Some of the Indicators for Dyslexia

Nov 24, 2013 | About Dyslexia

Some of the indicators for dyslexia

 These are just some of the indicators that your child could be Dyslexic – gifted and creative, but sometimes struggling to reach their full potential. Many of these symptoms can be present for other reasons than Dyslexia.

– Initial excitement about school dwindling, resulting in stressful days at school, coming home exhausted, often not having eaten anything

-Appearing bright and intelligent, but unable to succeed at school, even though trying hard

– Fast thinker, fast talker, but often slow to read and write, or unable to do so at year level

– Creative ideas for writing, but trouble putting in the spaces between words, spelling correctly or using appropriate grammar, not using punctuation marks

– Relying heavily on the pictures in the book, guessing the words

– Zones out, daydreams, exhibits a distorted sense of time

– Great difficulty in sounding out words, or understanding phonics

– Spelling or writing correctly one day, but not the next

– Trouble reading the small words, often more so than big words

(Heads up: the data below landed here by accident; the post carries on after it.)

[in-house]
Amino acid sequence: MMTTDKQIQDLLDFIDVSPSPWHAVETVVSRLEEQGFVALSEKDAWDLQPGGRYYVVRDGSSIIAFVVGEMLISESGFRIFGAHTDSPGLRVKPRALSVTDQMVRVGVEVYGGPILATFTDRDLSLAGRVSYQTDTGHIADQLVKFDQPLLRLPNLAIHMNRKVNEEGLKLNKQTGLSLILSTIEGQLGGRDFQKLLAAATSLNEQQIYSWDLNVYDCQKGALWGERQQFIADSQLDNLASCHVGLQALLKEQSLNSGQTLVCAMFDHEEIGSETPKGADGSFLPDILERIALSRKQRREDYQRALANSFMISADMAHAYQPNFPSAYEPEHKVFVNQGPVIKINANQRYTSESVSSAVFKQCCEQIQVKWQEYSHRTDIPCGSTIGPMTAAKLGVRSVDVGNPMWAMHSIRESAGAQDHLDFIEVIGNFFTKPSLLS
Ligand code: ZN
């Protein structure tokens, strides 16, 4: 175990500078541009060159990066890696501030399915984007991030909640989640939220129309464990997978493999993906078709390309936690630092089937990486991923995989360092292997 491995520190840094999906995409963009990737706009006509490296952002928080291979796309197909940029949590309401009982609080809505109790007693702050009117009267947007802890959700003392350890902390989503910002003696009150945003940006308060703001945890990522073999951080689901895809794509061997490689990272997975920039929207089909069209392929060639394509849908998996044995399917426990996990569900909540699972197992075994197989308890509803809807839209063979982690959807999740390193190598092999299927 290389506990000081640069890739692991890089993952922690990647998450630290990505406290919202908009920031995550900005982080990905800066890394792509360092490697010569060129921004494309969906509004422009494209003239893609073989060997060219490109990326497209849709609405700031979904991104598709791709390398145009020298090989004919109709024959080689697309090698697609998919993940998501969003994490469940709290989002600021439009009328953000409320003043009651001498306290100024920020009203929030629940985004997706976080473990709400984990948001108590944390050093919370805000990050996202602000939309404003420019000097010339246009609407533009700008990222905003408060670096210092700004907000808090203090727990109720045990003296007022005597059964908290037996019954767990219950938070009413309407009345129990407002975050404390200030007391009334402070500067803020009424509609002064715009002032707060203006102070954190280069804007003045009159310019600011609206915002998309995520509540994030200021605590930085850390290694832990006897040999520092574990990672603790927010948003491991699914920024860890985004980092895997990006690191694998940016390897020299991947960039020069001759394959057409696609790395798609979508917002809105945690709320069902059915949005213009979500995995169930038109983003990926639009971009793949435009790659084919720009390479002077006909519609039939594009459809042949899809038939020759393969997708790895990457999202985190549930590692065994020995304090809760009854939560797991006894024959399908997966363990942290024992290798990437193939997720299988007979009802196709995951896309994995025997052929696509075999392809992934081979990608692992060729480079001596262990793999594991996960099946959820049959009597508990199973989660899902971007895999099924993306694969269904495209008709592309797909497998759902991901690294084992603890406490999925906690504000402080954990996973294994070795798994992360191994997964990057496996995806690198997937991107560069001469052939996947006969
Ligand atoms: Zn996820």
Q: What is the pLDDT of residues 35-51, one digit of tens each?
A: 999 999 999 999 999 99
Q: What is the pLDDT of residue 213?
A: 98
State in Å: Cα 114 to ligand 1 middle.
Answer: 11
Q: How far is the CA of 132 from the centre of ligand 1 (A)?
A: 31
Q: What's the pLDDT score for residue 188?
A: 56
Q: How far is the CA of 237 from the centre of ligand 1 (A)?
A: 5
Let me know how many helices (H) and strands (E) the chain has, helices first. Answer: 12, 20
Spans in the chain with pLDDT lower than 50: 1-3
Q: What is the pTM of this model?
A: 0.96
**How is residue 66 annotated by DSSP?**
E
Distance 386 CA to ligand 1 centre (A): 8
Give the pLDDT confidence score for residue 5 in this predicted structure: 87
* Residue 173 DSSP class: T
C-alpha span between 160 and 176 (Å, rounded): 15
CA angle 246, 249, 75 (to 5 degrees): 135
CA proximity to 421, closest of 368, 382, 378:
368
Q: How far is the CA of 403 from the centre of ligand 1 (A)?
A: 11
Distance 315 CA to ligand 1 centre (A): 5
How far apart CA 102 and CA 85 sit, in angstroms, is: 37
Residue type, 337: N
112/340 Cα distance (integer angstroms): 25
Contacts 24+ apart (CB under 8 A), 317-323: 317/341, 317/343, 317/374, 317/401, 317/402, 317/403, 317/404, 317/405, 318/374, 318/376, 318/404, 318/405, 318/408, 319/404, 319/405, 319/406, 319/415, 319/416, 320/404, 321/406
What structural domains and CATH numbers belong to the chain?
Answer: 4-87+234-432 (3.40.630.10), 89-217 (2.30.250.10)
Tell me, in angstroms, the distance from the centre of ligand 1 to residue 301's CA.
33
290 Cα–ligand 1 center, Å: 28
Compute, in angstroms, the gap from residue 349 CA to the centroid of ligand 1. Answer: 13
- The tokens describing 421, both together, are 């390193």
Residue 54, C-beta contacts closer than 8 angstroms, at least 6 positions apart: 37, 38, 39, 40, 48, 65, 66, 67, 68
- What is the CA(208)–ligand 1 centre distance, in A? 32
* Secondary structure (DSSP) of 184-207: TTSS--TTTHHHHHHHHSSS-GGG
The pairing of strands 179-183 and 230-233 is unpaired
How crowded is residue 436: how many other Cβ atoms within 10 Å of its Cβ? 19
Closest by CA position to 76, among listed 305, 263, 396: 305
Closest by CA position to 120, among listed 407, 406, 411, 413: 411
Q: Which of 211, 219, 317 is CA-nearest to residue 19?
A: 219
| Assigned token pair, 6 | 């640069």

– Good problem solving skills and can show a lot of attention in areas of interest, but difficulty to focus or remain focused at school, easily distracted

– Right-left confusion, and/or sense of direction

– High IQ, but poor self-esteem and a tendency to cover up their limitations

– Highly creative and artistic, showing musical, mechanical, mathematical aptitude

-Profound visual memory, often seeing the big picture, rather than the detail or a slower sequential process

– Spatial strength, organisational weakness, trouble with concepts of times, sequence and order

– Sophisticated sense of humour or class clown

– Tendency to omit words, skip lines, substitute or guess words

– Poor handwriting, trouble holding a pencil correctly

– May appear hyperactive, disruptive, or frustrated

– Confusion with shapes and number patterns, as well as mathematical symbols

– Difficulty with concept of time, telling the time, or guessing how much time has passed

– Active mind, but easily distracted, often to avoid the task at hand

– Finding it hard to memorize lines, poor working memory, generally to remember things

– Anxious, confused, displaying emotional outbursts in frustration

– Imaginative, with a pronounced sense of satire and intuition

The list could go on.

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